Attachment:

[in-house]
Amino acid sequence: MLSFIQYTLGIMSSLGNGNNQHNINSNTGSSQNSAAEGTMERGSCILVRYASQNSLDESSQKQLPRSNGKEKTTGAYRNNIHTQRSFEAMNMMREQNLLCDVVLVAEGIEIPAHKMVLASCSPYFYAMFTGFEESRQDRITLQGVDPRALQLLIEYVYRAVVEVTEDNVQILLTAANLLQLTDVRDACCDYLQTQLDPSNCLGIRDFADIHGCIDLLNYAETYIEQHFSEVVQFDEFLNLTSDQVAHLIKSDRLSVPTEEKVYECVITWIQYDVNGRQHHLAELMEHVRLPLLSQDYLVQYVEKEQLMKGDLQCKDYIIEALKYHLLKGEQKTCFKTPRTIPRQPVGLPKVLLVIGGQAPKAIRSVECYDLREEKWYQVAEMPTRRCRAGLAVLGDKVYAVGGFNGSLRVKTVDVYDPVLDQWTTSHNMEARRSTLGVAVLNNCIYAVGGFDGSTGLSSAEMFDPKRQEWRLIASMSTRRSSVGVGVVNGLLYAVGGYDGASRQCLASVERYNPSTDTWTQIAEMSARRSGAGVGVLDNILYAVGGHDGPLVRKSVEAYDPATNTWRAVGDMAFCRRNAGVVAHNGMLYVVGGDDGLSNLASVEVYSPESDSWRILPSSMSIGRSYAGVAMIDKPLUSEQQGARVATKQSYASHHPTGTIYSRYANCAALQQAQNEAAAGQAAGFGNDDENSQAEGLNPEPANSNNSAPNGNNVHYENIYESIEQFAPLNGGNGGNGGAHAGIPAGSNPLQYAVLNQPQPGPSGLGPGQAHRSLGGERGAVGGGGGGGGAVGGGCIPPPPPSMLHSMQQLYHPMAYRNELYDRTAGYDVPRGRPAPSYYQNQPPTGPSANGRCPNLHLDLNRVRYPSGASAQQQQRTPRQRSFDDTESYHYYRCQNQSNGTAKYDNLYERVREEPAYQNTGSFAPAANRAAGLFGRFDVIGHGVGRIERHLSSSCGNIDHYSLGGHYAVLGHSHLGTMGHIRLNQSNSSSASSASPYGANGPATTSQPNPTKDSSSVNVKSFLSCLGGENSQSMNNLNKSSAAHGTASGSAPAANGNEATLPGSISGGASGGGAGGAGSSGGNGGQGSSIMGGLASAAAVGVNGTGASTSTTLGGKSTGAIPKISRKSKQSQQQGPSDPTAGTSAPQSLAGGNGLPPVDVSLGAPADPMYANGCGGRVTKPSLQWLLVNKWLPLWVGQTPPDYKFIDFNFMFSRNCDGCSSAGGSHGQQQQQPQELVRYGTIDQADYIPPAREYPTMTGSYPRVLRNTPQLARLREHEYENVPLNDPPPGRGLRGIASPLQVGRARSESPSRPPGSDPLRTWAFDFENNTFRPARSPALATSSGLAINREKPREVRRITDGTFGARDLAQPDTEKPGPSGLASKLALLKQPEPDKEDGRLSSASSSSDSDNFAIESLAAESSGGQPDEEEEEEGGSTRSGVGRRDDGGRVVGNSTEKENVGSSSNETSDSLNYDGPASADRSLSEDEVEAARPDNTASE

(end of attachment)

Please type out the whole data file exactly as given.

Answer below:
[in-house]
Amino acid sequence: MLSFIQYTLGIMSSLGNGNNQHNINSNTGSSQNSAAEGTMERGSCILVRYASQNSLDESSQKQLPRSNGKEKTTGAYRNNIHTQRSFEAMNMMREQNLLCDVVLVAEGIEIPAHKMVLASCSPYFYAMFTGFEESRQDRITLQGVDPRALQLLIEYVYRAVVEVTEDNVQILLTAANLLQLTDVRDACCDYLQTQLDPSNCLGIRDFADIHGCIDLLNYAETYIEQHFSEVVQFDEFLNLTSDQVAHLIKSDRLSVPTEEKVYECVITWIQYDVNGRQHHLAELMEHVRLPLLSQDYLVQYVEKEQLMKGDLQCKDYIIEALKYHLLKGEQKTCFKTPRTIPRQPVGLPKVLLVIGGQAPKAIRSVECYDLREEKWYQVAEMPTRRCRAGLAVLGDKVYAVGGFNGSLRVKTVDVYDPVLDQWTTSHNMEARRSTLGVAVLNNCIYAVGGFDGSTGLSSAEMFDPKRQEWRLIASMSTRRSSVGVGVVNGLLYAVGGYDGASRQCLASVERYNPSTDTWTQIAEMSARRSGAGVGVLDNILYAVGGHDGPLVRKSVEAYDPATNTWRAVGDMAFCRRNAGVVAHNGMLYVVGGDDGLSNLASVEVYSPESDSWRILPSSMSIGRSYAGVAMIDKPLUSEQQGARVATKQSYASHHPTGTIYSRYANCAALQQAQNEAAAGQAAGFGNDDENSQAEGLNPEPANSNNSAPNGNNVHYENIYESIEQFAPLNGGNGGNGGAHAGIPAGSNPLQYAVLNQPQPGPSGLGPGQAHRSLGGERGAVGGGGGGGGAVGGGCIPPPPPSMLHSMQQLYHPMAYRNELYDRTAGYDVPRGRPAPSYYQNQPPTGPSANGRCPNLHLDLNRVRYPSGASAQQQQRTPRQRSFDDTESYHYYRCQNQSNGTAKYDNLYERVREEPAYQNTGSFAPAANRAAGLFGRFDVIGHGVGRIERHLSSSCGNIDHYSLGGHYAVLGHSHLGTMGHIRLNQSNSSSASSASPYGANGPATTSQPNPTKDSSSVNVKSFLSCLGGENSQSMNNLNKSSAAHGTASGSAPAANGNEATLPGSISGGASGGGAGGAGSSGGNGGQGSSIMGGLASAAAVGVNGTGASTSTTLGGKSTGAIPKISRKSKQSQQQGPSDPTAGTSAPQSLAGGNGLPPVDVSLGAPADPMYANGCGGRVTKPSLQWLLVNKWLPLWVGQTPPDYKFIDFNFMFSRNCDGCSSAGGSHGQQQQQPQELVRYGTIDQADYIPPAREYPTMTGSYPRVLRNTPQLARLREHEYENVPLNDPPPGRGLRGIASPLQVGRARSESPSRPPGSDPLRTWAFDFENNTFRPARSPALATSSGLAINREKPREVRRITDGTFGARDLAQPDTEKPGPSGLASKLALLKQPEPDKEDGRLSSASSSSDSDNFAIESLAAESSGGQPDEEEEEEGGSTRSGVGRRDDGGRVVGNSTEKENVGSSSNETSDSLNYDGPASADRSLSEDEVEAARPDNTASE